As a new country & after a vote, South Sudan finally got their long sought-after independence day. In a January referendum, 98.83 percent of South Sudanese, voted to become their own separate country, and in July, the new government of South Sudan announced its status. The peoples of South Sudan endured over 50 years of two long horrific civil wars. Ethnic cleansing of millions, coinciding with religious warfare against Sudan, continues even today near the north-south border. Fuel for the flames of war includes fighting over prospective oil rights, fertile land, minerals and the other fine attributes of South Sudan.


Brief History of Uganda

The area of Africa now known as Uganda was first populated, perhaps around the time of Christ, by tribes belonging to the Bantu people group who migrated from southern Africa. The Bantu tribes established centralized kingdoms and fiefdoms below the Nile at about the same time that Queen Elizabeth I reigned in England.


The Nilotic tribes entered the area from the north around the year 100 A.D. The Bantu tribes were hunter-gatherers. The Nilotic tribes were herder-farmers. Since they were from different people groups and their respective languages sprang from different roots, there was little intermingling between them. Arab traders began moving inland from east Africa in the 1830s, followed in the 1860s by British explorers who were searching for the source of the Nile. In 1877, Protestant missionaries entered the area, followed by Catholic missionaries in 1879.


The area was placed under the protectorate of the British Empire in 1888, through the charter of the British East Africa Company granted by the Bugandan king. The United Kingdom ruled Uganda as a protectorate from 1894 until Uganda’s independence in 1962, with the present geographic boarders being established in 1914. Edward Muteesa II, King of Buganda, became Uganda’s first President and Commander-in-Chief of the armed forces after independence was declared in 1962. Four years later, Prime Minister Milton Obote led a coup that over-threw Muteesa and began a twenty year succession of coups and counter-coups.

In 1971 the notorious Idi Amin took power and ruled the country by means of the military. His rule was ended in 1979 through another coup, but the damage to the land once known as “The Pearl of Africa” had already been done, and it was devastating! The economy of Uganda was all but ruined when Amin expelled the entrepreneurial Indian minority from Uganda. Much of the financial and educational infrastructure was decimated when he, a Muslim, declared Uganda to be a Muslim nation (even though only approximately 3% of the population embraced that religion at the time) and began a campaign to eliminate Christian leaders and Jews.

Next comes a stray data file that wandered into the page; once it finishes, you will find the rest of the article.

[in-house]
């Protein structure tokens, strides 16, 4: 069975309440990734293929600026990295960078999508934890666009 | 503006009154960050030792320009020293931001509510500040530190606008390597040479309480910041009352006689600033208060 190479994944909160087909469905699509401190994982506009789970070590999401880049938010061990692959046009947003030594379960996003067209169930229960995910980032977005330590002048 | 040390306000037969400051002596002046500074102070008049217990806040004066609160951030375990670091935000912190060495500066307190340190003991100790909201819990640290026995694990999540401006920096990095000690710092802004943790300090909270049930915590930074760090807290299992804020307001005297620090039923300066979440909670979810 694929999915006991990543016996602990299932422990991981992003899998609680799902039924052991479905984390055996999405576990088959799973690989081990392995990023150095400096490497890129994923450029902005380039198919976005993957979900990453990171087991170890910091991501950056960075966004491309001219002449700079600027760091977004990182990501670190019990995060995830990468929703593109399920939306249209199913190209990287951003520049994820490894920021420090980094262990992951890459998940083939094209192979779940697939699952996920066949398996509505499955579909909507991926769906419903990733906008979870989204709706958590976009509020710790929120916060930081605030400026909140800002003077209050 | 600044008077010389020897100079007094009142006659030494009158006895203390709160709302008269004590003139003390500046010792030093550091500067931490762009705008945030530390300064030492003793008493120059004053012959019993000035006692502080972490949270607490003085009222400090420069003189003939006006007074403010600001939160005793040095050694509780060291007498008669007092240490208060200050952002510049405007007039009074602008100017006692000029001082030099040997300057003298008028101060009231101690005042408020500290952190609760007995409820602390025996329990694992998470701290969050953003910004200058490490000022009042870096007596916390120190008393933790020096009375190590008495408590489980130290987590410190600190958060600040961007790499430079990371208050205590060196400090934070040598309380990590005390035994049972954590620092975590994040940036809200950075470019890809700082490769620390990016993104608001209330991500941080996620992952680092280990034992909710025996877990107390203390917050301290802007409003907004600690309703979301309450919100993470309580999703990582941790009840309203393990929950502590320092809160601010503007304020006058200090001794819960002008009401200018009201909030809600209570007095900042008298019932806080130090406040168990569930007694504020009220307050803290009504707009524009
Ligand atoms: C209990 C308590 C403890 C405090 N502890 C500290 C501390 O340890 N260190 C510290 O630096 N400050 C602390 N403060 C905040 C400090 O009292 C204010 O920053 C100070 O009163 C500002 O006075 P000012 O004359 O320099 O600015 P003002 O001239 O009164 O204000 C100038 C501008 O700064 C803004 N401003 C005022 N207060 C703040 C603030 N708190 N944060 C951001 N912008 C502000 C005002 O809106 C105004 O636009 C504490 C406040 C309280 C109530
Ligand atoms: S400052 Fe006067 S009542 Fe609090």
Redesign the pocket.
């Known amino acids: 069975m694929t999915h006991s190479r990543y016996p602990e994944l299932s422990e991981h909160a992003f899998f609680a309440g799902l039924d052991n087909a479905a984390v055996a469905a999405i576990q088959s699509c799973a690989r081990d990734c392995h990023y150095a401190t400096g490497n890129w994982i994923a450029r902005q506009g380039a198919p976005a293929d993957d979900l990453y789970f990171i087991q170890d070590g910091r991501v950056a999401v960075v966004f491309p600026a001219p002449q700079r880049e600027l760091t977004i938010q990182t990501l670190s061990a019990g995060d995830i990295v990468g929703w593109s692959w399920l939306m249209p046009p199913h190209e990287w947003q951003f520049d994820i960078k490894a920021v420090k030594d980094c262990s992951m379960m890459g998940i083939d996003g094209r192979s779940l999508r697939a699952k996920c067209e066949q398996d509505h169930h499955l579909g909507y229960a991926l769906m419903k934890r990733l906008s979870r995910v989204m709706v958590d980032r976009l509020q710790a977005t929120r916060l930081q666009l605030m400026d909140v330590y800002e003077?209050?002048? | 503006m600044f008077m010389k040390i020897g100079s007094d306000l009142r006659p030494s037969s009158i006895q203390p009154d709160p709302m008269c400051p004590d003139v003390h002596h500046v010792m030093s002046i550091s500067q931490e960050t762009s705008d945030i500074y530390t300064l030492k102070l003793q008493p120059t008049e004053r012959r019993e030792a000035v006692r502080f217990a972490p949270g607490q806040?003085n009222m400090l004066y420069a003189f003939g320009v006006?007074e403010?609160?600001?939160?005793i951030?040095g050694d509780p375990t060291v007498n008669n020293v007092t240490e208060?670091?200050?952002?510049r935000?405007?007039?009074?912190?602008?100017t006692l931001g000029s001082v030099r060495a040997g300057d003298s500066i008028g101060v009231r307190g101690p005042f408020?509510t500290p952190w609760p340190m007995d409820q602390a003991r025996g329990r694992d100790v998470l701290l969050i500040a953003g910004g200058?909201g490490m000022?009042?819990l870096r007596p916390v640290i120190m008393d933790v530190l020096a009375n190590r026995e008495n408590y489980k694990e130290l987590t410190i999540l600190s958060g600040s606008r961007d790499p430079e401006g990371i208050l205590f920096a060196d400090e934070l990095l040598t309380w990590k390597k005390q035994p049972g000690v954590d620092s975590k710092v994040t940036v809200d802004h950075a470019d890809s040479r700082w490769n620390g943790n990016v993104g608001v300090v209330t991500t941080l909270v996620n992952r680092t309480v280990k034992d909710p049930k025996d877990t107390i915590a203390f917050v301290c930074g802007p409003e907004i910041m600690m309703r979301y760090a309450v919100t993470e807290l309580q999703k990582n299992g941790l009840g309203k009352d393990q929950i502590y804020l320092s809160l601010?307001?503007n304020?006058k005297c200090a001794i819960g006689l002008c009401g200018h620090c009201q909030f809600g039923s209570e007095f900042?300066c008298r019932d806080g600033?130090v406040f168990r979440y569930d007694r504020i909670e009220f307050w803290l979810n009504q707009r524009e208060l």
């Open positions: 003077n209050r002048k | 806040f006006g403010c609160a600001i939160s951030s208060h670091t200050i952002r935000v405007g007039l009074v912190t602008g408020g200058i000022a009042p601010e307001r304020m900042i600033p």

It was in 1985 that the current president, Yoweri Museveni, came in to power through a violent overthrow of the government. In spite of several major problems, such as becoming involved in the civil war in the Democratic Republic of Congo (DRC) and other conflicts, widespread accusations of corruption, and the on-going civil war with the insurgent group, Lord’s Resistance Army (LRA) in the north, Museveni has managed to retain power and some semblance of stability in Uganda for over 20 years. Anyone considering the history of Uganda must understand that political power in Uganda, and indeed much of Africa, has its roots in tribalism and witchcraft with the inevitable result of chaos, killing, and destruction.

The War in the North

Within 8 months of Museveni taking power, an insurgency against his army began in the north. The LRA was formed by Kony.  The modus operandi of the LRA has been to create fear and terror through the use of surprise raids on the civilian population during which many people are tortured, mutilated or murdered, homes are destroyed, and property is stolen. The LRA is notorious for abducting children, some as young as 8 years old, and forcing them to become soldiers or sex-slaves.

The United Nations has estimated that more than 30,000 children have been abducted by the LRA in its 21-year history. Other organizations put the number as greater than 60,000. In 1991 the Ugandan military launched “Operation North,” arming local villages to combat the LRA. In retaliation, Kony massacred and mutilated many suspected government supporters among the Acholi population.


During the ensuing years the LRA insurgency grew and became more violent. Families began to flee their villages and take up residence in Internally Displaced People (IDP) camps, established by the government to provide safety for the citizens of the north. As the attacks and abductions escalated over the next 7 years, 1.6 million people – 85% of the population – sought refuge and safety in the often squalid and dangerous camps.